2. I climbed Ditchling Beacon. So my "climbing" abilities must be progessing! But also see "Weaknesses" below.
  3. I maintained an average Heart Rate (HR) of 141 bpm for the entire London to Brighton event, even including the 10km (6 mile) cycle to the start line, and the slow warm-down I did afterwards. I maintained an average HR of 147 for the event itself, and I maintained an average HR of 149 bpm for the section from the edge of London (no more traffic lights every mile or two!) to the edge of Brighton (every traffic light in the town seemed to want to stop me!). I hit a new "Maximum HR" of 180bpm while climbing Ditchling Beacon, and I managed the whole Ditchling (village) to the top of the beacon to the top of the village in 18 minutes with an AVERAGE HR of 162 bpm., while on the "Beacon" itself, I managed a HR of 173 bpm for the 12 1/2 minutes the climb took me. To summarise, if I, as a 50-year-old, can maintain an average HR of 173 bpm, peaking at 180 bpm, for 12 1/2 minutes, then my cardio-resopiratory (heart and lungs!) system is not the biggest thing that is limiting me!
  4. I can ride events of up to 100km length "non-stop". I did this both for the 100km Tour de Vale and the 87km London to Brighton Ride. I have clearly developed some level of endurance for my cardio-respiratory system (heart and lungs), energy system (food, hydration, glycogen, interleukin-6) and muscle system (my legs "last" the distance).
  5. I can pace myslef so I can "last" the distance for an event (see also number 4 above).
  1. As mentioned above, my BMI is still only down to the "border" between "overweight" and "normal weight". This limits my "power-to-weight ratio", which is a key factor in climbing ability.
  2. After 4 to 5 hours in the saddle, I get a sore back. This limits my ability to ride much beyond this time span, and impairs my other Summer goal of achieving a qualifying "Audax" ride of 200km, in about 14 hours.
  3. I can climb Ditchling Beacon as part of a longer ride, but only just, and I can climb the local route up Aston Hill, including via the harder Green Park route, but, again, only just. I need to be able to climb these hills more competently, then I can move on to hills like Whiteleaf hill (nr. Princes Risborough). All these hills feature in events I am likely to wish to complete in the future.
  1. More weight loss, as long as it does not sacrifice muscle. This will particularly help my climbing, by addressing the "weight" side of the "power-to-weight" equation.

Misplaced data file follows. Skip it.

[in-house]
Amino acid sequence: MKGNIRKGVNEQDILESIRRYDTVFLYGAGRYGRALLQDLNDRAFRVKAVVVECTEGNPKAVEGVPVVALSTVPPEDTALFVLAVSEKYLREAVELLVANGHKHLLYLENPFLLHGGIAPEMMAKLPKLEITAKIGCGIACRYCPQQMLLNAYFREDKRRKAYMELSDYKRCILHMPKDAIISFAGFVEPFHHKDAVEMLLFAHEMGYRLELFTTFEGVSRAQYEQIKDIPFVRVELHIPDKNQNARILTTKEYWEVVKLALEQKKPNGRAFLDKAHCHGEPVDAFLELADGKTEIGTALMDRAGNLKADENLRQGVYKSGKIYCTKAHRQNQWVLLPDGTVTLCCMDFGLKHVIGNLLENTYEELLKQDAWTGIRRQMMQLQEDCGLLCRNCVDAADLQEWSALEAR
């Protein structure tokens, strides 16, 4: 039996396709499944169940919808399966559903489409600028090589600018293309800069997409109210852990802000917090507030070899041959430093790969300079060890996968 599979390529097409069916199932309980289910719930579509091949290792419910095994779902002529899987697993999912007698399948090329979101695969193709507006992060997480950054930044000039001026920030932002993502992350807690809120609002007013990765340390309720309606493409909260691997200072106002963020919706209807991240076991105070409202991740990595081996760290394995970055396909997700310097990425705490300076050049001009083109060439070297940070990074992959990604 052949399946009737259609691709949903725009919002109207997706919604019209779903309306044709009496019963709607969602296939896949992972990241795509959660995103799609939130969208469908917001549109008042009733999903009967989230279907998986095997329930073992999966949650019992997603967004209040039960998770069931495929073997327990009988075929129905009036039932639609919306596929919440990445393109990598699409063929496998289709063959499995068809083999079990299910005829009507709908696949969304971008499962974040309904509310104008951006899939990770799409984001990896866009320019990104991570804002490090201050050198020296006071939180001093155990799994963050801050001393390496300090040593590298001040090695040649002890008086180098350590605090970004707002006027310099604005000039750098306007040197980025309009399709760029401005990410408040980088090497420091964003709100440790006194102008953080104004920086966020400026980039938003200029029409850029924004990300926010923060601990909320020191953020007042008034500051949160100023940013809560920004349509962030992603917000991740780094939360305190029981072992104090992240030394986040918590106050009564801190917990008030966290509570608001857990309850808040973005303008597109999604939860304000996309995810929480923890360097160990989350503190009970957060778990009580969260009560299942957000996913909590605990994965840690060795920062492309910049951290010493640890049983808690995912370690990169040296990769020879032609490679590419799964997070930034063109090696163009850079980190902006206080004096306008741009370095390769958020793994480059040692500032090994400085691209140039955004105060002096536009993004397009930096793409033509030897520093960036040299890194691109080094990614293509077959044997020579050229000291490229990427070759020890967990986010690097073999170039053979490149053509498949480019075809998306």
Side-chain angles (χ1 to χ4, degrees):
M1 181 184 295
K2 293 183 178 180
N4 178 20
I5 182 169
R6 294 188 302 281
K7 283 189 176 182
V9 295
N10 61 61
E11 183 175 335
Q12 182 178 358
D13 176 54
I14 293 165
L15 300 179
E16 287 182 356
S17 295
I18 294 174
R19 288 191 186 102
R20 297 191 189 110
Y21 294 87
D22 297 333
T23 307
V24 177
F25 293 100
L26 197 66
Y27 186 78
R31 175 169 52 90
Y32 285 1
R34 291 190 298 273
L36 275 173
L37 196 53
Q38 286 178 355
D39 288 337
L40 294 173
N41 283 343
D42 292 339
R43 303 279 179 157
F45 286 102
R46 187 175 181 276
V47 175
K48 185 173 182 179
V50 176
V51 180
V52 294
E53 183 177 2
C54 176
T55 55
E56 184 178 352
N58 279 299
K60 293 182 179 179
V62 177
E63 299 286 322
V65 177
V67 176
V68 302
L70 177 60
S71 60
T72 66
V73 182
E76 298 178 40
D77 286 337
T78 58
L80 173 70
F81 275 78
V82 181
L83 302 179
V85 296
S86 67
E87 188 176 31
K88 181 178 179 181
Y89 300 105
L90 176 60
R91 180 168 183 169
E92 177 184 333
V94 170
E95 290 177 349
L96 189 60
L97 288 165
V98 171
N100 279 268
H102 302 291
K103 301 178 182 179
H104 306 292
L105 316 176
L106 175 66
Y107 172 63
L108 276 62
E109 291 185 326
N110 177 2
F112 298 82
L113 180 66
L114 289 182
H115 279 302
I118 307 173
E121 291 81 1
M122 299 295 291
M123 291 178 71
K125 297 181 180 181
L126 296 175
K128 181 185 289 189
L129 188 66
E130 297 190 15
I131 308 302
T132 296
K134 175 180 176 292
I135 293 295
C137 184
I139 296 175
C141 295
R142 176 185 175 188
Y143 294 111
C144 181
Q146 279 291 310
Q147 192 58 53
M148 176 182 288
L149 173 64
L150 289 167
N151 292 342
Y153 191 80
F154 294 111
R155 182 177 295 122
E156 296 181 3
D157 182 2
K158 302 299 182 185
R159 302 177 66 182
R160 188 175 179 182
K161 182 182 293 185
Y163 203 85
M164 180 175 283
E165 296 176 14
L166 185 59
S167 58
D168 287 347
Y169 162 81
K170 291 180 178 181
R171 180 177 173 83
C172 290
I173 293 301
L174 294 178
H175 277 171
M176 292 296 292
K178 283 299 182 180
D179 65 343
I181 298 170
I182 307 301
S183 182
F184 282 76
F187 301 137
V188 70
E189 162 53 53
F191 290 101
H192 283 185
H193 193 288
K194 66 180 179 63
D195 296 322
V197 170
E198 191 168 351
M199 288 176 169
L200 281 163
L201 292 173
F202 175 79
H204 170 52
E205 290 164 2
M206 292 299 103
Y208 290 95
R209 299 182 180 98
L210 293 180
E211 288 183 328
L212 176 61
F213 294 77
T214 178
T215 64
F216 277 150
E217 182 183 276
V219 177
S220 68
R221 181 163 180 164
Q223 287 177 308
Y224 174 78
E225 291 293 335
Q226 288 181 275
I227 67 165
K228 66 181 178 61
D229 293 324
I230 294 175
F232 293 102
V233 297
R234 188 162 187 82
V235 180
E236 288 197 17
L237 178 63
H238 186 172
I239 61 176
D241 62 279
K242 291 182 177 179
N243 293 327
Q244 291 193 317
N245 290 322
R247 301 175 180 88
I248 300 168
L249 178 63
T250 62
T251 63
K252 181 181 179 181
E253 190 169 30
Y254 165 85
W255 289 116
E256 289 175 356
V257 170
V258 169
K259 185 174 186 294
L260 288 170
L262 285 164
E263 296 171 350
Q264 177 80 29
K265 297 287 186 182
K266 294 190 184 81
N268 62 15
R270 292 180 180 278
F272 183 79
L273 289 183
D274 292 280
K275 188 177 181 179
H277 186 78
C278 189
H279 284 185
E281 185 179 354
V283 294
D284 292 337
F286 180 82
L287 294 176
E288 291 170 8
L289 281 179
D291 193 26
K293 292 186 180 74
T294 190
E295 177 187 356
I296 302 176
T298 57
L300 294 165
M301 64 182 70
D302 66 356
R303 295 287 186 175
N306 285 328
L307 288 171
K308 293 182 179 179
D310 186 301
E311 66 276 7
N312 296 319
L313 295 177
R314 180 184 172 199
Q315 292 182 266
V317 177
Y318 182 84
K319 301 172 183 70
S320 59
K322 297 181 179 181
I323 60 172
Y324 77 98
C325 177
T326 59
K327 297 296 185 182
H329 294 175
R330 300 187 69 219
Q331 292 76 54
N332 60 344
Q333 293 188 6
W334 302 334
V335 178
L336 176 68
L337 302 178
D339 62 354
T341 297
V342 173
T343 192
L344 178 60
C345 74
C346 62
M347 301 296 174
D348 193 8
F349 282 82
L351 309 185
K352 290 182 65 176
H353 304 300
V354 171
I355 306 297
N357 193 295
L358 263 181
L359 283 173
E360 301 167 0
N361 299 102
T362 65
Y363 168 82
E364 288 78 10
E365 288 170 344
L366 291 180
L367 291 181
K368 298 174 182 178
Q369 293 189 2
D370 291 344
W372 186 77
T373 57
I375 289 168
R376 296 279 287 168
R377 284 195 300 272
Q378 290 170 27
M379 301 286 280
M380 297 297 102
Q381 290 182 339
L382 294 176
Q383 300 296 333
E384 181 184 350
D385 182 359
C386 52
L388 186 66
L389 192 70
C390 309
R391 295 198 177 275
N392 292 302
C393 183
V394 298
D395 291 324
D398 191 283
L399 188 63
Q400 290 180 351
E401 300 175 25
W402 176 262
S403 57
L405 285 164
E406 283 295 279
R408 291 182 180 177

2. More muscle development in my "climbing" muscles in my legs, This is the other side of the "power-to-weight" equation. Although my legs are developing visible signs of "cycling muscles", I am long way short in this respect compared to the many "club riders" I see out training on a Sunday morning.
  3. More off-the-bike exercises are needed help my back strength
  4. Although further improvements are likely to be achieved in my cardio-respiratory system, my main focus should be on maintaining what I have already achieved in this area, while spending more time on other areas.
  5. My endurance is adequate for 100km lengths, but may need further work for longer distances 
Update 26th June 2015:
New challenges await, and so does a variation on my training methods to date.

In 2014, my training was mostly "bicycle-optimised".
Yes, I still walked about 6.5km (c. 4 miles) a day, five days a week, for a job.
But the rest of the training was informal and on a bike.

I rode some hills, beacuse there were some near me.
I sprinted some Strava segments because it seemed like fun to do.
But my training was unstructured.

We all know, informally, that some things make us better.
Practicing something you are not so good at tends to make you better at it.

There is a Category 3 hill near us, and the first time I cycled up it, I had to stop 5 times to get my breath back. But later in the year, I got up it without stopping (but only just!).

So what had changed?
The hill was still the same hill.
The bike was the same bike.
So, it was me that has changed.
I didn't just go up that hill stopping 5 times, then the next time not stopping.